How much is $1000? To the super rich? If your average rate of return on $500,000 is 7%, over the year you should gain $35,000…. Divided by 365 days of the year, that would amount to 96 dollars a day… So $1000 would be 11 days of interest off your $500,000. That means you could keep the other 355 days worth…
Plus, at bringing all children in at 10,000 words, think of all the future costs that can be saved by then doing away with Pearson, MacLatchey, AIR and all the other consultants…. Pay a little now; save a lot later.
Any argument over being taxed more for kindergarten, or for any other viable reason, needs to be taken worth a grain of salt. of course people are going to yell. Even babies yell and they don’t even know why. But we don’t let babies rule every aspect of our lives now, do we?
Or, do we?
In 2012,…. 21.8% of all people under 18, lived in poverty, that is defined as a family of 4’s income under $23,050 (total yearly income)..That comes to under $443 per week. …
One in 5 children across America or 21.8%, live like that. (More than a majority of Americans (58.5%) will spend at least one year below the poverty line at some point between ages 25 and 75.)..
The ratio is one in five. In a class of 10, two students will be attending from a home under poverty. In a class of 20, four students will come from families living in poverty.
Below is childhood poverty tracked across 53 years starting in 1959.
Whatever we did from 1965 to 1979, we need to do again… See the low dip on the chart? Our current high level of poverty is very near the record, with one major exception. Unlike all other peaks we have plateaued at this bubble’s highest amount. Notice how in 1993 and 1983, the same levels were reached under those two presidents, but quickly descended thereafter? Since the election of the Tea Party Republicans to Congress, for the first time, poverty has stayed steady at the high water mark, for over 3 years in a row..
As soon as President’s Lyndon Baines Johnson’s War on Poverty took effect (50 years ago) child poverty declined until Reagan cut taxes in 1981… After he raised them back in a now famous agreement with Tip O’Neil, as the economy grew, childhood poverty fell. Again after Clinton raised taxes in 1993, the poverty level dropped over the rest of his term, until George Bush and the Republicnas cut taxes again… Since those taxes were cut, the childhood poverty level has risen to the record levels it is near today….
Tax Cuts have repercussions that extend far beyond the wealthy getting more money back in taxes. Higher tax rates boost the working economy; lower tax rates shred it…….
It is imperative that tax rates get raised as quickly as possible so this current plateau, the first 3 year one ever, the one created by the inaction of Congress because Republicans put the Tea party iin control of hte House…begins to drop down the other side.
Time is running out. like global warming there will be a critical point we know is coming but where it comes we can’t predict. The same urgency and fear need applied to childhood poverty and education’s role in helping end it…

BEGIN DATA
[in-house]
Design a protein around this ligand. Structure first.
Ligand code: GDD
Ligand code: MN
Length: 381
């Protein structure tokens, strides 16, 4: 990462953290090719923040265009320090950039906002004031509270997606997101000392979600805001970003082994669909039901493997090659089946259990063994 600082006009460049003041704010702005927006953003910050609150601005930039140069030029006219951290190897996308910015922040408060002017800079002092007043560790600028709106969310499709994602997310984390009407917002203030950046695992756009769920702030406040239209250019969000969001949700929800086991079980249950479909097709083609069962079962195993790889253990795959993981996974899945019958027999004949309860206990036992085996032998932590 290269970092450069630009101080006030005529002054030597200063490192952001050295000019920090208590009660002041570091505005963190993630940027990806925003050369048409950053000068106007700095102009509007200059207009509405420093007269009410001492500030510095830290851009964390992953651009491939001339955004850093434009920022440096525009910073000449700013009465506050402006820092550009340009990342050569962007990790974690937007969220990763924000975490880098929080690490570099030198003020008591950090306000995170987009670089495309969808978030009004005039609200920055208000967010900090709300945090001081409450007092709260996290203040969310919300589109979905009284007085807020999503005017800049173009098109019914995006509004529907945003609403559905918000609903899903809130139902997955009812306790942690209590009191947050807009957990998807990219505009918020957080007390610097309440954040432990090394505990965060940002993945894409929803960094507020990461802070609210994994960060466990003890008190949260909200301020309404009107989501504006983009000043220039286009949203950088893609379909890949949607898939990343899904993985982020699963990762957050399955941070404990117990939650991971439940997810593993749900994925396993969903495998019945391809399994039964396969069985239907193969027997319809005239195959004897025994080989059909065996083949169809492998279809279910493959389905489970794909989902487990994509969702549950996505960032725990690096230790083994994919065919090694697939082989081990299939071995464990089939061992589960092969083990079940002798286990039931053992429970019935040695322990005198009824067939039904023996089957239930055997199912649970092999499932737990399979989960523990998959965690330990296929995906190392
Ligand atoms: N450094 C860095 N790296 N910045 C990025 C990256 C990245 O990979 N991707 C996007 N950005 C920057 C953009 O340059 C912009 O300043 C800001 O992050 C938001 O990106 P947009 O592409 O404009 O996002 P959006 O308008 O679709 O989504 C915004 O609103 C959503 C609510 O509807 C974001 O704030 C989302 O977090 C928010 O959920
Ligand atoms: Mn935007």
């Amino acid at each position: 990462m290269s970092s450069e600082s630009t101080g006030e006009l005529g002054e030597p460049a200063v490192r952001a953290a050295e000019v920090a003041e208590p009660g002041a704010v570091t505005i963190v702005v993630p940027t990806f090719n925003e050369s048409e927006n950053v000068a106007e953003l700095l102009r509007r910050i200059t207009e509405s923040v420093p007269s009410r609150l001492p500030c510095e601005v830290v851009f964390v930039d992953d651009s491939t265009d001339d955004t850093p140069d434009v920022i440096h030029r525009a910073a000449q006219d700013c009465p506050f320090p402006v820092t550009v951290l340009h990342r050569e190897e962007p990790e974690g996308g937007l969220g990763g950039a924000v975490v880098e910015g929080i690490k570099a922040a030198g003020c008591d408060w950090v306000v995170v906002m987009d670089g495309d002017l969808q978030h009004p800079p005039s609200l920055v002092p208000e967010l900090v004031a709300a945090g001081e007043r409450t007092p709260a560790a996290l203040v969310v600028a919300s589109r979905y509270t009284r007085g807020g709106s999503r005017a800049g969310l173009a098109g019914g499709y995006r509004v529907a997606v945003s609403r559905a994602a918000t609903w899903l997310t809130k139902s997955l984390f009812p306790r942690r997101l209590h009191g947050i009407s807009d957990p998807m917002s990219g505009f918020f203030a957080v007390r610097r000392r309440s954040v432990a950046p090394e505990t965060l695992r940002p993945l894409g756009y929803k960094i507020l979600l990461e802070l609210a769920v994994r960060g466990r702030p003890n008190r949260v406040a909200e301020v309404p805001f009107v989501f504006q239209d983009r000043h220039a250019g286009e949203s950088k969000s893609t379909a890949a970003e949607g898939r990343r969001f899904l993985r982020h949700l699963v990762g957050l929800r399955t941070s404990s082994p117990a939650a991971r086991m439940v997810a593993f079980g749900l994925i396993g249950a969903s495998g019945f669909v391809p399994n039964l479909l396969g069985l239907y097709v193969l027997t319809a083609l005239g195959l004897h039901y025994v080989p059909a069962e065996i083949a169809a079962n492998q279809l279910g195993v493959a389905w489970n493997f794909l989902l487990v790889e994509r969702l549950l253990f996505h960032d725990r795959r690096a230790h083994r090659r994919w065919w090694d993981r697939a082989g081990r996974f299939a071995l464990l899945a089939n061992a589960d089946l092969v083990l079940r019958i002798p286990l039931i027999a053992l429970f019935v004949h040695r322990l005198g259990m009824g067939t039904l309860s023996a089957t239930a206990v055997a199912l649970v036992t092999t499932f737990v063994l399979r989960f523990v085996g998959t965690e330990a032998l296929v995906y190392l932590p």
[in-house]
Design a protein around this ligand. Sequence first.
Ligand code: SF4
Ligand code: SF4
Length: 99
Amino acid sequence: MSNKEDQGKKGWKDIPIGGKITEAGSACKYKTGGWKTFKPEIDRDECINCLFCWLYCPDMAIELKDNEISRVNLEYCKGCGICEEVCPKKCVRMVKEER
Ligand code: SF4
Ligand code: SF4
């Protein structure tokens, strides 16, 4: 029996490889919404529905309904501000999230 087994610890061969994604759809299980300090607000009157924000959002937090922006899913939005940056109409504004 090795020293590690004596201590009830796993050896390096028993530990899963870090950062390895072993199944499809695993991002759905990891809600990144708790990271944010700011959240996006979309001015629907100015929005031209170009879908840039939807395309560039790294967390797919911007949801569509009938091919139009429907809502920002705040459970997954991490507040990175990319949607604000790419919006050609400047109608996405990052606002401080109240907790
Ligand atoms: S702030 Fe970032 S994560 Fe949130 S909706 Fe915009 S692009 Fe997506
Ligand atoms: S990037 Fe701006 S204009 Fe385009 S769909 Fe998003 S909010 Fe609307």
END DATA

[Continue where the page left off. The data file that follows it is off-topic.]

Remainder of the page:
First Buffet, now Gates. Higher rates of taxation are necessary to rectify our society, even if limited for the short term….
It is nice when those who have much money, recognize the reality.
What if we raised income taxes on the top 1% several percent with a sunset clause not tied to a year, but based on achieving a certain state unemployment rate.? Perhaps 4.9%?
Work that through sometime soon, please?
It depends on how much you make.
Bloomberg just published the top income estimates for 2013. It is 1928 all over again….
“the top 300 seeing their collective net worth rise by US$ 524 billion to US $3.7 trillion as 2013 ended,”
Were we to raise taxes on just that increased amount by only 1%…. we’d could cut our deficit by $5 billion dollars. Five billion dollars on the other hand, would pay for 16.7 million weeks of $300 Federal unemployment payments. 1,260,400 are currently waiting on Congress to pass an extension.
Twelve weeks of all their benefits could be covered by a 1% increase of taxes just on 300 people…. How badly will this hurt them? Well, it would be as if you were selling lemonade on the corner for $1 a glass, and some kid only had 99 cents. Sure, you’ll sell it… Point is that $5 billion dollars equals only one penny to these guys…
So why not take 2 pennies? Really? No one pays $1 anymore. Everyone pays 99 cents and discount stores start at 98 cents…
Two pennies would fund unemployment for 24 weeks… Will you take 97 cents for a glass of lemonade? Gee, 36 weeks, Done. Covered… How about 96 cents for an ice cool cup of sweetened Lemonade? Let see, it’s cost is only 16 cents per cup, so.. why not? Done! 48 out of a year’s 52 weeks, covered. Accomplished! Just like that…
And with no bump to deficit either…
You are smart enough to figure what to do next.